Strain the seeds from the tomato juice using a wire mesh strainer or any other strainer.  The tomato juice is delicious to drink or make into homemade tomato/basil soup (as I keep mentioning because it is sooo good).  My five year old LOVES it!  I mean really with ingredients like fresh tomato juice, butter and whipping cream, who wouldn't?  ;o)  Oh...my husband...

The picture above is my chicken scraps container.  It was my grandma's flour container.  She was a make everything from scratch kind of gal so I love having one of her kitchen utensils that I use daily.

2) Begin heating deseeded and dejuiced tomato halves in a heavy pot and puree the onion(s) in a food processor before putting in the pot with tomatoes.

3) Using a stick blender or your food processor, blend the tomato and onion mixture until it is a fairly smooth consistency.  This is all to preference as to how thick or smooth you want your ketchup to be.  I make mine pretty smooth, although it is not as smooth as store bought.  It is still a bit lumpy.  

Below is the consistency of mine.

4) Reduce the mixture down for several hours.  I put my batch and a half in convection bake 250 degrees for 3 hours and it was just the right amount of time.  You want it to reduce down to about half.

Above are the whole spices I put in the cheesecloth (cinnamon stick, whole clove and celery seed)

5) Return tomato mixture to a heavy pot and add sugar, vinegar, salt, dry mustard and cayenne pepper.  Mix then add spices that are in cheesecloth.  I use a clip to hold the cheesecloth spice bag to the side of the pot.  Simmer until sauce "rounds up" on a spoon and there will be no separation of liquids.  I think this took about an hour.  You could always put back in the oven and use that method if you don't want to have to stir frequently.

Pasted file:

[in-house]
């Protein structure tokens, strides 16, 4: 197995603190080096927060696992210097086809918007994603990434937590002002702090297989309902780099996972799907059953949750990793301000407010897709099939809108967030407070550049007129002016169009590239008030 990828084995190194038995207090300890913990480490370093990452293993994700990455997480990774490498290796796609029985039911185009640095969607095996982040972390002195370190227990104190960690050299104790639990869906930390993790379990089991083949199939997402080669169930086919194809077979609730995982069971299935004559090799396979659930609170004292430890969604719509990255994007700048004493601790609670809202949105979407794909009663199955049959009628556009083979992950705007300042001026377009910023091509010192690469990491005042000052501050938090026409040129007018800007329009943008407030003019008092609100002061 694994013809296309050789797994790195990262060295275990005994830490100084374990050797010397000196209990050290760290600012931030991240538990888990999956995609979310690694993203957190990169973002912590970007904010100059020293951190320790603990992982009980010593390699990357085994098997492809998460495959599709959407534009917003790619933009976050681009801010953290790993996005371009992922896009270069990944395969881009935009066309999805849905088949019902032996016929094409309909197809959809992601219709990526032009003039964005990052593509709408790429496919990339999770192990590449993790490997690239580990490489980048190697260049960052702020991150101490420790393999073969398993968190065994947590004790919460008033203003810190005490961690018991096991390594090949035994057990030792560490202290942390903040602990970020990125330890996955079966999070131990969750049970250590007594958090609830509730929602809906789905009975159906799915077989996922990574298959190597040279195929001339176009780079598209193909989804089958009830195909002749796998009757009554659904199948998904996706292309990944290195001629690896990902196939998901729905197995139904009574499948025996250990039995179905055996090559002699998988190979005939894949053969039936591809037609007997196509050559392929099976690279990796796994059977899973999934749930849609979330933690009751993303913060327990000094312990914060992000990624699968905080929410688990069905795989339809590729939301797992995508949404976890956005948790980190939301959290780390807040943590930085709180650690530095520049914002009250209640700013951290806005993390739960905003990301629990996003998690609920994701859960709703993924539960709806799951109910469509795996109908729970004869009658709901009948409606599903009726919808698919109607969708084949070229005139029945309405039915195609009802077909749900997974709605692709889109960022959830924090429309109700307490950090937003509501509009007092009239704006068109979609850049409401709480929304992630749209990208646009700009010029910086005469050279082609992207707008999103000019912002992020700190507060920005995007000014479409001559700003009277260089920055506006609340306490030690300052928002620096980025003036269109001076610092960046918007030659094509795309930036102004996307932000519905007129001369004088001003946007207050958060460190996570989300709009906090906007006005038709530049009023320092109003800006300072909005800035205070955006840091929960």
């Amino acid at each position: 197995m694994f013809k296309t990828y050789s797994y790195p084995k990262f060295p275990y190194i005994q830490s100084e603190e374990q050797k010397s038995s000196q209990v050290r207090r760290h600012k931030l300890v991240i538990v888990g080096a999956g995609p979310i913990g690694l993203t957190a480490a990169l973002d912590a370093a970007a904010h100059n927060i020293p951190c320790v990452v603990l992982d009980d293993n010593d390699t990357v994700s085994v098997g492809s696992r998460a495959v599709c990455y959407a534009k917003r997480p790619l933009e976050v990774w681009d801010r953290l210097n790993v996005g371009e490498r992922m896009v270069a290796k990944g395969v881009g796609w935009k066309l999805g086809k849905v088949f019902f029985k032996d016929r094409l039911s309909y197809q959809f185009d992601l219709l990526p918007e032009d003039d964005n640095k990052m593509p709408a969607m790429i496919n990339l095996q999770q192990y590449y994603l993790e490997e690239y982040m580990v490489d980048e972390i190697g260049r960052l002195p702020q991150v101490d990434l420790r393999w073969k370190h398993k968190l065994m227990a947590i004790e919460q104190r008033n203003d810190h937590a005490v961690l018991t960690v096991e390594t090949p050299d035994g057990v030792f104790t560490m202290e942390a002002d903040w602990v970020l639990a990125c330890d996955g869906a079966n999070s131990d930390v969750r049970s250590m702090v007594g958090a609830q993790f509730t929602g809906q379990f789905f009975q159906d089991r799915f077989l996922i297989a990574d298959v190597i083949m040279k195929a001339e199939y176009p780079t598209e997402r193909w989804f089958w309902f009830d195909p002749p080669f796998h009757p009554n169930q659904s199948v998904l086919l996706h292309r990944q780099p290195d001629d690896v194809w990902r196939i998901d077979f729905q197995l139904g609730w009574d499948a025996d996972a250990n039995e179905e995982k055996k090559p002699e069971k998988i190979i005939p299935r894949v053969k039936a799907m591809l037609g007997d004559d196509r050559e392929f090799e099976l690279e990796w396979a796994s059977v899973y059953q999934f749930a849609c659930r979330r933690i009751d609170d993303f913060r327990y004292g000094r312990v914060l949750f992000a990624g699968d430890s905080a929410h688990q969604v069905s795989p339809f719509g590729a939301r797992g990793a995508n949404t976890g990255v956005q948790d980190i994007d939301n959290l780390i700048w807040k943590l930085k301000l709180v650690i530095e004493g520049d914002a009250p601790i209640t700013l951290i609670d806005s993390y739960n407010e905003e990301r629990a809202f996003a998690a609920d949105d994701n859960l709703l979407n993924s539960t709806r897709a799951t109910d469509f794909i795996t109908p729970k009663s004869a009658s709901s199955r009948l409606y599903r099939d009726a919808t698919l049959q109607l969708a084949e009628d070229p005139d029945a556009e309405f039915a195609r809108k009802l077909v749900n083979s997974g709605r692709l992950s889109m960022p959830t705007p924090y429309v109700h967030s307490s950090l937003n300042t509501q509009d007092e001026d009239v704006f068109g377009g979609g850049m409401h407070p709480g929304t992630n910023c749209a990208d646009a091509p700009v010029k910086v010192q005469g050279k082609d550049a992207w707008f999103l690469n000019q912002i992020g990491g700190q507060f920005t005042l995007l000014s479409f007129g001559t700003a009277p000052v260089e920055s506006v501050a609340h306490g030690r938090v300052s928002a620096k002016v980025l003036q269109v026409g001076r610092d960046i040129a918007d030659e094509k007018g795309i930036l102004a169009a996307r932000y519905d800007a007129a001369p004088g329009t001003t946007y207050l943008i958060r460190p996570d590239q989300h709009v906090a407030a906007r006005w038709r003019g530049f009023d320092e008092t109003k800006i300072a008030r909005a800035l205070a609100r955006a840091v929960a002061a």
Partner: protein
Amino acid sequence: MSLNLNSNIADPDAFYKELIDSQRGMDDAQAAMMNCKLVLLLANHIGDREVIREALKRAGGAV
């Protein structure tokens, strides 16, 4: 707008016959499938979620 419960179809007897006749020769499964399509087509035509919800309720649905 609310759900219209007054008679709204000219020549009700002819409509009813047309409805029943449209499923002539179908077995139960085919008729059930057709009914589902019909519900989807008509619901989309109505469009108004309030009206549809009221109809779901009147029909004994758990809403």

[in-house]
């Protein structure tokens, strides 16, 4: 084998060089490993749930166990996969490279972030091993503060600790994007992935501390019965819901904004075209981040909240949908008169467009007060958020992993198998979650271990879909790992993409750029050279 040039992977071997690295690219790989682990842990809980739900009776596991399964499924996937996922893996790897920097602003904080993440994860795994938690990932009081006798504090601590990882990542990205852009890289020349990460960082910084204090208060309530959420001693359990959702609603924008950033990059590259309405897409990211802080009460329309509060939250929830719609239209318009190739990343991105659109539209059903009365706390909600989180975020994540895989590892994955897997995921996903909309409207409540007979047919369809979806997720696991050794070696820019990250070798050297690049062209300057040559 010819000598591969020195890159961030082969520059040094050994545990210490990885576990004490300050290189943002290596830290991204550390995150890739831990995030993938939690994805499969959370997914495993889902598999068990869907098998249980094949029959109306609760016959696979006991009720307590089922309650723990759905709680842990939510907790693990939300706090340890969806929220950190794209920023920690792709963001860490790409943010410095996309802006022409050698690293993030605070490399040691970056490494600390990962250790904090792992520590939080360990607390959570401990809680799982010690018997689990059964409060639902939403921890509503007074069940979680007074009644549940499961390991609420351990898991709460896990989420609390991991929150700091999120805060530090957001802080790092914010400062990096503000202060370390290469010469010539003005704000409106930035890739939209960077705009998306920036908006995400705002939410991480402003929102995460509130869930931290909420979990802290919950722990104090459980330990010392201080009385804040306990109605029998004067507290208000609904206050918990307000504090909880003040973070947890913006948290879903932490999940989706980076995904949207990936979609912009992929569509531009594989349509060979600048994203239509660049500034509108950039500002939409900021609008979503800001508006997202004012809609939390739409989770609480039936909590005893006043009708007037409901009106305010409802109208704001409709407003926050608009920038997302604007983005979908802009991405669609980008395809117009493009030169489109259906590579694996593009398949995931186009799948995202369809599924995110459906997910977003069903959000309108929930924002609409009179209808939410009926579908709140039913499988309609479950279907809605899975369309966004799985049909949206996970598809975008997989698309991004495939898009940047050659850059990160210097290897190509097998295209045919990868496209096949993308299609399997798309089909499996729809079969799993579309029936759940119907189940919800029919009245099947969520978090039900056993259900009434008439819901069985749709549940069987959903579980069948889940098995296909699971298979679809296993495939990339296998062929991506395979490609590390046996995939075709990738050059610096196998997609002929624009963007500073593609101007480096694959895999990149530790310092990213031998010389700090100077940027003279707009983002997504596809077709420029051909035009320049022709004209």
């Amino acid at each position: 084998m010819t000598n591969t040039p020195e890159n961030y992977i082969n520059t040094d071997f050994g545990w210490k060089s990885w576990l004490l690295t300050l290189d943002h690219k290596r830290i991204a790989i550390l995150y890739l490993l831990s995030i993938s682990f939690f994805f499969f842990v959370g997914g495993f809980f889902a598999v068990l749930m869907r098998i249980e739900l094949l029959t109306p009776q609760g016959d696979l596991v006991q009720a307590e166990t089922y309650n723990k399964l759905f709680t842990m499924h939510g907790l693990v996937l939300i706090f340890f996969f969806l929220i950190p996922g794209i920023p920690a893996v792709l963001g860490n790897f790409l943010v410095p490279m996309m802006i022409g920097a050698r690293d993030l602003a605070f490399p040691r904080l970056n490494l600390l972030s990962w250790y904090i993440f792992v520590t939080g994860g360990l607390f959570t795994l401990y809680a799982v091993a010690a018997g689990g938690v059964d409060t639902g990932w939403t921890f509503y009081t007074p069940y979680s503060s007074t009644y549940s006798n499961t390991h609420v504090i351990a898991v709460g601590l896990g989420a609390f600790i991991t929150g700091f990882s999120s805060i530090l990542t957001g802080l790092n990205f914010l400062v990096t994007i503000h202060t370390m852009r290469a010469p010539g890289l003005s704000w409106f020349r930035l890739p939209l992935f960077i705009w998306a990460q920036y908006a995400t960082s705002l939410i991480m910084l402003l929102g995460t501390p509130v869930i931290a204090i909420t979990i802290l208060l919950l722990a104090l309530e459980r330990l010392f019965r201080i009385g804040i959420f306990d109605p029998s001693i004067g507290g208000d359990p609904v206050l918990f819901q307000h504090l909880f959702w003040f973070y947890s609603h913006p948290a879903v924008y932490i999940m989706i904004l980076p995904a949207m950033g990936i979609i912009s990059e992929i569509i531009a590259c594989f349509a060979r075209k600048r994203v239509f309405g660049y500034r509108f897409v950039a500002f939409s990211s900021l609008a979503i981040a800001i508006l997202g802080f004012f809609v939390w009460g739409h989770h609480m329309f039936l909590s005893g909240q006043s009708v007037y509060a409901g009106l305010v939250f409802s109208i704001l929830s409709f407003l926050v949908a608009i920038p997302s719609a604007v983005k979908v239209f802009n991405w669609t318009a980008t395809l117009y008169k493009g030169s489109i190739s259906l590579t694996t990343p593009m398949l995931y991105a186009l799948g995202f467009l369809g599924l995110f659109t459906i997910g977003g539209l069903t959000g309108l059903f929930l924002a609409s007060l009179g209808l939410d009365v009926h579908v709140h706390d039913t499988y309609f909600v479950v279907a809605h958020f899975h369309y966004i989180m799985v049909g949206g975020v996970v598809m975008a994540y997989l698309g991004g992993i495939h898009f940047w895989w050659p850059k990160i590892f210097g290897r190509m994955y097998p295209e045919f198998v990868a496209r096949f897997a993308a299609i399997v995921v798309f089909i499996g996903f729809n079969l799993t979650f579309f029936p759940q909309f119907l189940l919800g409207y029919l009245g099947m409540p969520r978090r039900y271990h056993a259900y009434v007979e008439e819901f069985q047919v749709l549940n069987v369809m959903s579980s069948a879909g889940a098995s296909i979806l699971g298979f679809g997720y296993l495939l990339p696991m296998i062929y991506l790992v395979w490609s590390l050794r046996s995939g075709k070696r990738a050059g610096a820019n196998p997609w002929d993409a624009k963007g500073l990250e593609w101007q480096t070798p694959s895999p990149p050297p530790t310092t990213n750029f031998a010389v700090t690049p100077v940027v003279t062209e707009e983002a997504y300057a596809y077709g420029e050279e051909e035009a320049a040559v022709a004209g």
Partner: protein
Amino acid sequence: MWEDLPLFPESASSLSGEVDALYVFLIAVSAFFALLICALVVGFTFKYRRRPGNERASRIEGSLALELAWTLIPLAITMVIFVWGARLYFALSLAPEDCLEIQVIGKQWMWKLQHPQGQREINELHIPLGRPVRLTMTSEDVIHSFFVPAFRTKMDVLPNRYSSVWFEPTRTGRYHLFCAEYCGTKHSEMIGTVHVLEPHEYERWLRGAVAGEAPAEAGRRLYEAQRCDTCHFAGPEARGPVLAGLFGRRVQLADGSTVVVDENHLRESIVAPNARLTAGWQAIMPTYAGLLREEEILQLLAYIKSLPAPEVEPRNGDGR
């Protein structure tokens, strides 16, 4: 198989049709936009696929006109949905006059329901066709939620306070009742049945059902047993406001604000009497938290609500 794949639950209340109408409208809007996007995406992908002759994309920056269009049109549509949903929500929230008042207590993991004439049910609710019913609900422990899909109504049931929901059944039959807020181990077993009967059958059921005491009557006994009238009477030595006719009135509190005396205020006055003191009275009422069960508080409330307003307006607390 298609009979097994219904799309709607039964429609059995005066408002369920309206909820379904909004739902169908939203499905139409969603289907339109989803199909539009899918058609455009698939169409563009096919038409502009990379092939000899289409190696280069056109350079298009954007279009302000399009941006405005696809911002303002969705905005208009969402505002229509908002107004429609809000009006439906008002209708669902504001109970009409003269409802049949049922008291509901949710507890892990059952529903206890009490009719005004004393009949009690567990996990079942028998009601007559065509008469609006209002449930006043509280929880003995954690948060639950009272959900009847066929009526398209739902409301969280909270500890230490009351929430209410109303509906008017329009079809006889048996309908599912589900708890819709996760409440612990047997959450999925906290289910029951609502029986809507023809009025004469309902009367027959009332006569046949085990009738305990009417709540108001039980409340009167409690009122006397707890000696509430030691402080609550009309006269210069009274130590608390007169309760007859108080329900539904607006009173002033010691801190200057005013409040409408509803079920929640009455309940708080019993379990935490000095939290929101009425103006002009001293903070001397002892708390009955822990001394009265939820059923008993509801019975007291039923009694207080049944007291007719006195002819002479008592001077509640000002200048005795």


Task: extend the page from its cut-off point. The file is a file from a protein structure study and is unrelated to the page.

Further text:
Note- I would start your water bath pot(s) as the spices are simmering because they take a while to boil.  Because of water's high heat capacity they will stay hot for a long time so if they boils before you are ready just turn off the stove and then turn back on when you are ready.  It shouldn't take long for them to return to a boil. 

6) Remove and discard the spices in the bag.

7) Fill clean, hot jars- leaving 1/8 inch headspace.  I sterilize my jars in the dishwasher and then put them in a cool oven and set the temperature to 225 degrees.  That way they are nice and hot when I put the hot contents in and they don't break.  Clean rims with a clean, wet rag or paper towel before putting hot caps on- I put caps in a bowl of hot water.  Hand tighten rings.

8) Process in a boiling-water-bath canner for 15 minutes.  Add 1 minute for every 1000 feet elevation over 1000 feet.

9) Remove jars and cool on a wire rack on the counter.  DO NOT tip jars to get excess water off the top.  You can use a rag or paper towel to soak up if you care that much.   My water is so hard there is always a white residue from the minerals left on the lids that I then have to go back and wipe off.  Let jars cool for 24 hours before testing lids for seal.  I remove the rings and lift on edge of lid.  If they don't lift up and the center of the lid is indented you have a good seal.  Store up to a year and ENJOY!!!  There is NO WAY mine will last a year.  :o)

 I would love to hear from you if you make the recipe and also if you have any feedback for my FIRST recipe write-up.